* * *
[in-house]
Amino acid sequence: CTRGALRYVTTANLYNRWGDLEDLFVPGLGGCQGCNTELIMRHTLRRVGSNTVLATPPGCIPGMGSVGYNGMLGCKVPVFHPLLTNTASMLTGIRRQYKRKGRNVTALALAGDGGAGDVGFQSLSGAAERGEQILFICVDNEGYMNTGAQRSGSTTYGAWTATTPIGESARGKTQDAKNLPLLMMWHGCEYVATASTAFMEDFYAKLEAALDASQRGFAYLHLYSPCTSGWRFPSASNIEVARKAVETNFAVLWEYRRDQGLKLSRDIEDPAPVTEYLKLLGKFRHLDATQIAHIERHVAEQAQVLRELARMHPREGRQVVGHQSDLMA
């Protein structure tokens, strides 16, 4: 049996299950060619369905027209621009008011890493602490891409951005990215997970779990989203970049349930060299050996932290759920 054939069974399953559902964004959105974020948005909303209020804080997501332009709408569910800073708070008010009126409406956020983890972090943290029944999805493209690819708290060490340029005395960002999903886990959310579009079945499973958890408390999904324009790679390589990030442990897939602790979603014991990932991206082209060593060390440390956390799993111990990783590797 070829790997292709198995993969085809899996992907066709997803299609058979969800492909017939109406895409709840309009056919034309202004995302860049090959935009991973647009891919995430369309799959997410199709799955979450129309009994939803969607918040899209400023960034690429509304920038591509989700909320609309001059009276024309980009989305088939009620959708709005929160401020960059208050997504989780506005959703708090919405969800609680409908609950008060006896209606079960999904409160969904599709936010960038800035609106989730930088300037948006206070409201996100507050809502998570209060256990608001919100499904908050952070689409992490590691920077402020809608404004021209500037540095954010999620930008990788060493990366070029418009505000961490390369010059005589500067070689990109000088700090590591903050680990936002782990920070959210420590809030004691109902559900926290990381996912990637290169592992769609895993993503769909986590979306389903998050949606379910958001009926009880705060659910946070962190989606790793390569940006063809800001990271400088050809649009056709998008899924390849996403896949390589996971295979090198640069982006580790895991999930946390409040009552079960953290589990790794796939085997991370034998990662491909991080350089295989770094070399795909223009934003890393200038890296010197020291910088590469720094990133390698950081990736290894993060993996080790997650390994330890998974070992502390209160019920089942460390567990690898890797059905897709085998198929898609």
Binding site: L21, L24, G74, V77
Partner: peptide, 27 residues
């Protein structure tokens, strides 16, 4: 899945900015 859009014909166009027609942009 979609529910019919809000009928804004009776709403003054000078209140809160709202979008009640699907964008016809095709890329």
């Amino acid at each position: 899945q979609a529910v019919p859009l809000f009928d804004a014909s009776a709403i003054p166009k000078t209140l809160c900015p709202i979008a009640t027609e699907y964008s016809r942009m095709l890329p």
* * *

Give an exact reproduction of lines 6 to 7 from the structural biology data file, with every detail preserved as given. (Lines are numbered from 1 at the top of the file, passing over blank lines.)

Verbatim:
């Protein structure tokens, strides 16, 4: 899945900015 859009014909166009027609942009 979609529910019919809000009928804004009776709403003054000078209140809160709202979008009640699907964008016809095709890329």
């Amino acid at each position: 899945q979609a529910v019919p859009l809000f009928d804004a014909s009776a709403i003054p166009k000078t209140l809160c900015p709202i979008a009640t027609e699907y964008s016809r942009m095709l890329p």